CBU ANNUAL GENERAL ASSEMBLY SG’S REMARKS – OPENING CEREMONY

18 August 2014

  • Madam Chair, Ms. Carla Betuis

  • Your Excellency, Mr. Desi Bouterse, President of Suriname

  • Mrs. Shida Bolai President of the Caribbean Broadcasting Union and members of the Union’s Board of Directors

  • Mr. Guno Cooman, Convenor of the Local Organising Committee

  • Ms. Shurly Lackin, Member of the Local Organising Committee

  • Ministers of the Suriname government

  • Members of the diplomatic corps and representatives of international agencies

  • Ladies and gentlemen

It is my absolute pleasure to stand before you this morning, for my very first address to an Annual General Assembly as the Secretary General of the CBU. While it’s a fearsome and thrilling responsibility, it is also humbling.

Forty-four (44) years ago, when the Caribbean Broadcasting Union was established, its mandate was to use the amazing power of the broadcast media to contribute to Caribbean social and economic development, through the promotion of regional integration.

Today in 2014, that mandate continues, and is being demonstrated in today’s event.

The CBU is honored to be hosted by the people of Suriname and particularly by the broadcast media systems who are currently members, STVS and ATV, as it celebrates this special occasion, the forty-fifth annual general assembly.

I believe it is more than a coincidence that at this time the number of members on the CBU’s roll is exactly forty-five. And while, as in any organization, the levels of activity vary among the membership, I am assured there is one constant, the commitment of every member to the original vision of helping to bring the peoples of the Caribbean together by reflecting our culture and social realities back to ourselves.

There are currently twenty-two countries and territories represented by the Union’s forty-five members, and there is no question that these jurisdictions together represent a wealth of creative talent, and entrepreneurial spirit in the media sector and beyond. However the development challenges still being experienced in our region are evidence of the need to continue to leverage that talent and not be satisfied with past achievements.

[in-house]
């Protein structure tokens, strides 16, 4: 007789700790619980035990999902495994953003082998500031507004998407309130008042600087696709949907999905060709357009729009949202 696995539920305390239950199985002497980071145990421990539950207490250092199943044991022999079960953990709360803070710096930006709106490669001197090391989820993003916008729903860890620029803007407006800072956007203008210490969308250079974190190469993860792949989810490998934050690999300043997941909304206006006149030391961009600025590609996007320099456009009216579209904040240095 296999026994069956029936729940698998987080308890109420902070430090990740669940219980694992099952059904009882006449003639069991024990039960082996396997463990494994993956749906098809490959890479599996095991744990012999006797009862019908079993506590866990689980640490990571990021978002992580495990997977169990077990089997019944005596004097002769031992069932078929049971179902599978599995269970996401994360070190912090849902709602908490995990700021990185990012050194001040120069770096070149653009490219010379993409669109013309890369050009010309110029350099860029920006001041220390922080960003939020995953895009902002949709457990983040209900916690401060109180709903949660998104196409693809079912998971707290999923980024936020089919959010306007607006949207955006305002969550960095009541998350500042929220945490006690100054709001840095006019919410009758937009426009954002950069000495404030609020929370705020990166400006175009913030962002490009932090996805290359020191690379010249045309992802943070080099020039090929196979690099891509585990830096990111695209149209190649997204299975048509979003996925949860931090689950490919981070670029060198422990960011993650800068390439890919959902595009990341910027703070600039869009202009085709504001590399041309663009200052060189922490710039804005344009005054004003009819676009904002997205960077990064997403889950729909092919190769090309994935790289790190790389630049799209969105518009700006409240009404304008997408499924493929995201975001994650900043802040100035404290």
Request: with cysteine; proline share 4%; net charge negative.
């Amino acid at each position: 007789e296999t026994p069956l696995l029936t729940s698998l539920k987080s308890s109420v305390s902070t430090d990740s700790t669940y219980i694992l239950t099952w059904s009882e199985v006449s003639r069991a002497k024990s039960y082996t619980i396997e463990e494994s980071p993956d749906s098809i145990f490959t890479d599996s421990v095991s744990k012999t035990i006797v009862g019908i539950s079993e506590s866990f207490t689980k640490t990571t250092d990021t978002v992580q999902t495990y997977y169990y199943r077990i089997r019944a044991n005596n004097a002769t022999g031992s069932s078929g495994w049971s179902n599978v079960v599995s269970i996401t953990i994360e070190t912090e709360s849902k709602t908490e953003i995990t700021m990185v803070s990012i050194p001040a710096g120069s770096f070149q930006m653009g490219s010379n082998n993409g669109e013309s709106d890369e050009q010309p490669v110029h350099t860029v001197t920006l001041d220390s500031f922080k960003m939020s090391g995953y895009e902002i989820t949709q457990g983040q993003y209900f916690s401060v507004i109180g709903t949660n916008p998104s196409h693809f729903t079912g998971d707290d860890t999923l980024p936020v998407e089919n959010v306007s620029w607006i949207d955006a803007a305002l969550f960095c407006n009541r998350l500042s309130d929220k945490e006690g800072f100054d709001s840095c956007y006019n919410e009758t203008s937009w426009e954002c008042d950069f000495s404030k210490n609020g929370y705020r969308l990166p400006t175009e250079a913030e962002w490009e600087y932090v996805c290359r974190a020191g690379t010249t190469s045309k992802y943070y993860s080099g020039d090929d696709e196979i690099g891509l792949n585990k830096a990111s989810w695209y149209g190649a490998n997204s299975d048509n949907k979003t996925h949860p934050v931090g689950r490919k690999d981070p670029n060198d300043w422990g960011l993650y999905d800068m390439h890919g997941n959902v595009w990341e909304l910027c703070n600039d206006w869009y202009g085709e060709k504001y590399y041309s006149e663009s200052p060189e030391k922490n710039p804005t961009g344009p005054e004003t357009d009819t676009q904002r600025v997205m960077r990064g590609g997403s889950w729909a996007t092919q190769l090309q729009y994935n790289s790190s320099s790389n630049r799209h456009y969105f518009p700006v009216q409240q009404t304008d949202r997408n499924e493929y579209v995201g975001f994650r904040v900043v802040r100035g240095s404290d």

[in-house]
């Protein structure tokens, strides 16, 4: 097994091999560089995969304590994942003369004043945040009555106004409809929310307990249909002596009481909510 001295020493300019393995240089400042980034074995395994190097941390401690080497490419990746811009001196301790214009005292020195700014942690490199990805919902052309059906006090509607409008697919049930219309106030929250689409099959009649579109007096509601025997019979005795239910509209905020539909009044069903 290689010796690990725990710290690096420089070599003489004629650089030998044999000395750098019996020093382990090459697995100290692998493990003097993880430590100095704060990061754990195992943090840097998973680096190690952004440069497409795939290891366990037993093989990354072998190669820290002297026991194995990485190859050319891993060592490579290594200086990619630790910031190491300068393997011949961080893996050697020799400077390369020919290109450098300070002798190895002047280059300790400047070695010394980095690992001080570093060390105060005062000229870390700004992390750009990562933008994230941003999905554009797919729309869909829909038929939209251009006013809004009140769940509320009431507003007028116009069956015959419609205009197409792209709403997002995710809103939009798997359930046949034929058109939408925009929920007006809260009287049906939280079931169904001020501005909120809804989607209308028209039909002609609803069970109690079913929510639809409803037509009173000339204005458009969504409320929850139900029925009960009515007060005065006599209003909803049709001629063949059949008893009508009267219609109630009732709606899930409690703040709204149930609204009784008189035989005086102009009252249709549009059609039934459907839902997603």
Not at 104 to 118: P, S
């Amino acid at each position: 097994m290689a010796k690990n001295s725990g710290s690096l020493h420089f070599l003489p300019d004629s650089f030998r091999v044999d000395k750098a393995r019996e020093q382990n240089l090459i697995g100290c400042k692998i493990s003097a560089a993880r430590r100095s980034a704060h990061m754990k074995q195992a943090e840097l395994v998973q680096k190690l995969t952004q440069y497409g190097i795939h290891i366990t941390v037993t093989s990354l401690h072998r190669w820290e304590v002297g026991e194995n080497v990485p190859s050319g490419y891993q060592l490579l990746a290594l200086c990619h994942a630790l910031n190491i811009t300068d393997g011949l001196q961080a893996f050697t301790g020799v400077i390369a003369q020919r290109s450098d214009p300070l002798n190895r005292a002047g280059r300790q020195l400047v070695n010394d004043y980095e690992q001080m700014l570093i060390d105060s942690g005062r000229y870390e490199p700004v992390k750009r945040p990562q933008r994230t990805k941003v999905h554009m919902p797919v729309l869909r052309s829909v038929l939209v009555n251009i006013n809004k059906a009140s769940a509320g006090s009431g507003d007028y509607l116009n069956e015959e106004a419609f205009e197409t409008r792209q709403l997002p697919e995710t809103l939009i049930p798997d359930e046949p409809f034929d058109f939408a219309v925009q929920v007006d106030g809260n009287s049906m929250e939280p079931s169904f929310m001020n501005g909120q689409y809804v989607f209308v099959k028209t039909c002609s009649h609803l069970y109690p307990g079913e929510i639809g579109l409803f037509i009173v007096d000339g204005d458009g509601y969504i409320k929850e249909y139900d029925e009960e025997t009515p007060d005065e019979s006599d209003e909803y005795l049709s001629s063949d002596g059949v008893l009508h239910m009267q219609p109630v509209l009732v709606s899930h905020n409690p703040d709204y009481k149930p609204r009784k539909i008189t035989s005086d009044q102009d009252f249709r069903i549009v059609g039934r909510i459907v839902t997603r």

The CBU recognizes this and is currently engaged in examination of its very structure and composition to ensure it does not become irrelevant and passé.

The CBU continues to be a repository of significant assets and advantages. No other single medium has the regional reach of the TV channel Caribvision, operated by the Union’s affiliate the Caribbean Media Corporation. Caribvision is transmitted in twenty-two (22) Caribbean markets. It also offers a single entry point for programming to be re-transmitted on free-to-air television stations throughout the region, reaching a total cable and broadcast audience of one and a half million households.

In addition, while there are many well-respected forums for recognizing the achievements of electronic media at the national level. The CBU’s Caribbean Broadcasting Awards, holds pride of place as the regional forum for the celebration of the best of the broadcast media from the English, Dutch and Spanish-speaking Caribbean.

These assets and events are just two of the reasons why it makes sense for CBU not to retire at 45, satisfied that it has made a contribution in the past. But to renew and refresh its approaches to ensure it remains relevant to the Caribbean media sector, and to wider Caribbean sector.

As you have been advised by our President, there is no question that this year’s Annual General Assembly is a true showcase of that relevance. From a Forum on Sports Programming Rights to the publication of brand new research on the opportunities for the media sector under the CARICOM Single Market and Economy, no reasonable observer could consider this a navel-gazing exercise.

However, there is also serious introspection taking place which will redound to the benefit of both our media sector as well as Caribbean peoples, as the CBU also places emphasis on the best lessons already learned from the experience of digital transition and in plenary session takes a close look at its composition and continuing mandate. If carried out thoughtfully and with an eye to the rights and interests of all stakeholders the changes underway can mean a CBU which continues to make its mark and can trumpet its achievements to the rest of the region and the world.

Let me quickly end by saying once again a sincere thank you to Suriname for its support to the Union as host of the forty-fifth AGA. I have had the pleasure of achieving a long-held desire of visiting this country, getting a glimpse of its rich culture and meeting what I must describe as the most uniformly warm and pleasant hosts. Wij waarderen het dat u Suriname!

Personally, it has been a learning experience, in many ways, supporting the staging of the AGA, having taken on the role of the head of the Secretariat just seven (7) months ago. But I must say, Suriname’s Local Organizing Committee, headed by CBU Director Mr. Guno Cooman and involving such amazing professionals as Mr. Roy Belfor, has really smoothed the way in this process.

To all participants, I wish you substantive and productive deliberations, enjoyment of our wonderful host country and on leaving the AGA a renewed determination to continue to fulfil our collective goal, the betterment of Caribbean society.

My sincere thanks for your attention.

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